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Chiang Mai Travel Guide

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Chiang Mai, the largest city in northern Thailand, is located in a plateau basin 300 meters above sea level. Surrounded by mountains and with a cool climate, it is a famous summer resort in Thailand. This little city is quiet and elegant, with clean and fresh air. Once the capital of Thailand for a long time, Chiang Mai has preserved many precious historical and cultural relics, symbolizing the splendid and glorious past of northern Thailand. There are no soft beaches to spend time on or luxury shopping malls to go crazy. Pristine forests and lively, affordable markets are the calling cards of Chiang Mai. Take a leisurely stroll in the Old City, trek through the jungle, experience gliding through the primeval forest… The bustle and tranquility are naturally combined in this city.

Chiang Mai is definitely one of the best destinations to visit in Thailand. This Chiang Mai travel guide covers the best time to visit Chiang Mai, the best attractions in Chiang Mai, and how to get to and around Chiang Mai, which will be of great help to you in planning a Chiang Mai trip.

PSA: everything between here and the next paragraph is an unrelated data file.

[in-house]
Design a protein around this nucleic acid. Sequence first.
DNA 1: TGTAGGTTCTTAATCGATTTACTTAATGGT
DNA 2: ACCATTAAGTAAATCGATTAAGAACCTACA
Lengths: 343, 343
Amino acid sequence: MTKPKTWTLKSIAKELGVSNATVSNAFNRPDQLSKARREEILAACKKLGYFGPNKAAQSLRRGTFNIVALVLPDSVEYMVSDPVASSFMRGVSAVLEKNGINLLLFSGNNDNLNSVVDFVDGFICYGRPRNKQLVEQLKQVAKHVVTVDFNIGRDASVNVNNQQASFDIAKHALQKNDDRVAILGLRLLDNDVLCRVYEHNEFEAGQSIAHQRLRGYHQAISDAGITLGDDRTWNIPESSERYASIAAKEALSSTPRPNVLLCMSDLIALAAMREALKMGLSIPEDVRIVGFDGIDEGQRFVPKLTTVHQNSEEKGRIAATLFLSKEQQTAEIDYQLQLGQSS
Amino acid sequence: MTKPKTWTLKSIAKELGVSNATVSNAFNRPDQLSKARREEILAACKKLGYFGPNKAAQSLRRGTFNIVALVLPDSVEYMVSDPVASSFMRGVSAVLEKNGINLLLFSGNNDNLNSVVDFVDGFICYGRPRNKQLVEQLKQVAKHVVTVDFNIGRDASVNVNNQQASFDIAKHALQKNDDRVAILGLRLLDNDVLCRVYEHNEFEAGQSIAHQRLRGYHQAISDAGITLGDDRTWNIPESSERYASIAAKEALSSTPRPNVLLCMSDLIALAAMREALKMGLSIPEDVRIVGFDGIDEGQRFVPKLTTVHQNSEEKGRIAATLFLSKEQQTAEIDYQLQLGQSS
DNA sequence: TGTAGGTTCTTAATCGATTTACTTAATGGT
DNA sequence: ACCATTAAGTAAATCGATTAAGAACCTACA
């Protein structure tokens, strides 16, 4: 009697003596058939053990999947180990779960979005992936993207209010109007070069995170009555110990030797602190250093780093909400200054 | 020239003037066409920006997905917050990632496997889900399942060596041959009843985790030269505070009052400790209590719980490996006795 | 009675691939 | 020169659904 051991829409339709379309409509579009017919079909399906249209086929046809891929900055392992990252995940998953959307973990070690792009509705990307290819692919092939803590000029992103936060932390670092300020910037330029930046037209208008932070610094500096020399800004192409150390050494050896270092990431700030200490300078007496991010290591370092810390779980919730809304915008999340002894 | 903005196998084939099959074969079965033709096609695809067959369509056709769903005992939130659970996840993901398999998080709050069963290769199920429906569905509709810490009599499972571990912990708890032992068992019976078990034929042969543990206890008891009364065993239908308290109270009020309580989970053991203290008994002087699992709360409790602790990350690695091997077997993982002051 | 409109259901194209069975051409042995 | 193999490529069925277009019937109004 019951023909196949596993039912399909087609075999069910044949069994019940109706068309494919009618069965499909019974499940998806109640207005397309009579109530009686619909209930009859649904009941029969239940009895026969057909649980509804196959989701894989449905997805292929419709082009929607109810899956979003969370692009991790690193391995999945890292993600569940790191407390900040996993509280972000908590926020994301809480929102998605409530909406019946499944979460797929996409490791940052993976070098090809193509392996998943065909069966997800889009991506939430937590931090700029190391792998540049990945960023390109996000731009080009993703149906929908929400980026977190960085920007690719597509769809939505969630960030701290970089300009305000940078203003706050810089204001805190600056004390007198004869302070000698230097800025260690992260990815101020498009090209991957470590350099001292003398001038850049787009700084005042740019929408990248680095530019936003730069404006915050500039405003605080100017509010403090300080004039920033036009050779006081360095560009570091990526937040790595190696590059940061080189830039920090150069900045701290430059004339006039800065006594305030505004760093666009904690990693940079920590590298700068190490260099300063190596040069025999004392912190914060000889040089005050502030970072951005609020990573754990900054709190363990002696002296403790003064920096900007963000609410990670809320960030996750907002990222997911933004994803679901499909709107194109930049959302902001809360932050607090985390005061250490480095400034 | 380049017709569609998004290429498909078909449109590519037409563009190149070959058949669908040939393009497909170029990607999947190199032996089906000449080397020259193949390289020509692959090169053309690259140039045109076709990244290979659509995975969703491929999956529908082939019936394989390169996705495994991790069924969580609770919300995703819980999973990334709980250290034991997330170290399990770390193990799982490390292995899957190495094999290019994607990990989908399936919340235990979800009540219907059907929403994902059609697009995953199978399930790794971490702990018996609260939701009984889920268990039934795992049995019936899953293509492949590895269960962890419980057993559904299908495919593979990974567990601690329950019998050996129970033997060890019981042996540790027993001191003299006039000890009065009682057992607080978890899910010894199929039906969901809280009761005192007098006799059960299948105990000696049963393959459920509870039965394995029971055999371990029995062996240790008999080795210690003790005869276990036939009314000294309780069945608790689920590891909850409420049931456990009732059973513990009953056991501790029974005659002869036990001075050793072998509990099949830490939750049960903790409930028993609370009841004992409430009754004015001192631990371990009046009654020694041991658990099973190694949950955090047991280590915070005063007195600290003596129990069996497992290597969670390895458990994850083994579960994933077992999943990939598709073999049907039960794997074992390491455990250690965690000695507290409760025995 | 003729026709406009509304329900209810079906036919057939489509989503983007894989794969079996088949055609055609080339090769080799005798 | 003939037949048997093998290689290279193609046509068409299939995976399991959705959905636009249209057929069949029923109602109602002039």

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Best Places to Visit in Chiang Mai

1. Wat Phra That Doi Suthep

Wat Phra That Doi Suthep, aka the Double Dragon Temple, is located about 15 kilometers from the city. It is built on the most prominent landmark of Chiang Mai – Mount Suthep, at an altitude of 3,520 meters, from where tourists can get a panoramic view of the whole Chiang Mai city and the beautiful countryside. The cool climate and fresh air of the area make it a famous summer resort in Thailand.

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Legend has it that in the 14th century monks placed the relics of Buddha Shakyamuni on the backs of a white elephant to protect them, leaving the elephant to find a place to enshrine the relics. Finally, the white elephant stopped on Mount Suthep. To this day, the golden stupa in the temple still houses the relics of the Buddha, attracting many devotees to make the pilgrimage every year. Doi Suthep Temple is on a high platform, and visitors have to walk more than 300 steps to reach it. The steps are flanked by two colorful, multi-headed sacred dragons, several dozen meters long and strangely shaped. The cable car is available for the elderly and children.

2. Wat Chedi Luang

Wat Chedi Luang, built in 1411, is the most famous and largest of the six major temples in Chiang Mai. There are Lanna-style temples and the world-famous ancient pagodas, each with its own unique character. Visitors entering Wat Chedi Luang will feel the strong visual impact: the soaring eaves, the gilded carvings, and the glowing murals.